Women’s forum hosts mayor

By Neil Hughes
Published March 31st 2005 in Alligator: The Independent Florida

Mayor Pegeen Hanrahan talks to a group of students about gender and politics Wednesday night as part of Women’s History Month. Gainesville Mayor Pegeen Hanrahan was honest with UF students about her feelings for a physics professor she had during her days as a UF student.

After receiving a grade she was unhappy with on a test, Hanrahan said she spoke with the professor about the test’s difficulty. “The guy looked right at me and said, ‘Well, I don’t think it’s that tough. You must not be that smart,’” Hanrahan said.

“I never went back to that son of a bitch’s class.”

Hanrahan’s candid discussion was part of a forum entitled “Women in Politics,” presented Wednesday as part of Women’s History Month.

The forum also included teachers M. Margaret Conway and Charles Grapski.

Hanrahan’s lecture, entitled “Gender Dynamics in Local Politics,” discussed both the positives and the negatives of being a female in politics.

Being a woman helps her, she said, because women make up a larger percentage of the population than men and also have higher turnout rates in elections.

Grapski told students in Riker Hall that the entire American form of democracy may be the problem.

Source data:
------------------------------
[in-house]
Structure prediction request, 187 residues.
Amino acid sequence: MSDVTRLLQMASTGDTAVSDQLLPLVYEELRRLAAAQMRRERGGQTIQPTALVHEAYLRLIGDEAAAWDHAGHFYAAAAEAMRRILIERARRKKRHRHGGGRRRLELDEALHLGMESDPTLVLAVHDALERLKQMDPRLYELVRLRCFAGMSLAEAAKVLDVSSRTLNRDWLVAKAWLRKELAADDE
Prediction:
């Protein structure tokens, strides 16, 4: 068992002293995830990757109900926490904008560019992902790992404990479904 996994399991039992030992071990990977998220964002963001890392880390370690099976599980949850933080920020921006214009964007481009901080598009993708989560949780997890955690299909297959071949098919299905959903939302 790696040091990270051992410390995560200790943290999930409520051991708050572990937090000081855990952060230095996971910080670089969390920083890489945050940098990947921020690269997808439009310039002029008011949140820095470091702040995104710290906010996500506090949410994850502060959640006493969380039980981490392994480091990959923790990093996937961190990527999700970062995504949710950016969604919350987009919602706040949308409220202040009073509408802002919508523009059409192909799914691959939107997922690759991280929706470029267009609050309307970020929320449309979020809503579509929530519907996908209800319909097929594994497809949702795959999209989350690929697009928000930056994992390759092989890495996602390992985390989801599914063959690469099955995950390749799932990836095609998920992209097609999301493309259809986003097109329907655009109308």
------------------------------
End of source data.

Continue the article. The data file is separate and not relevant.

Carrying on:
“We need to question winner-take-all elections and look to alternatives,” he said.

He compared the need for change in American politics to the events of the civil rights movement. Grapski cited foreign governments that use proportional representation, saying that those nations’ governments are made of nearly 50 percent women, compared with 15 percent in the United States.

“If we can create a system that is more representative of women, we can create a system that is more representative of us all,” he said. “Then we would see higher than 13 percent turnout in elections like in Gainesville.”

Conway told listeners that if they want to make a difference about women’s involvement in politics, they need to get involved.

“Join groups that will support what you are interested in and be active in them,” Conway said. “You have to be active in all forms of government — local, state and federal.”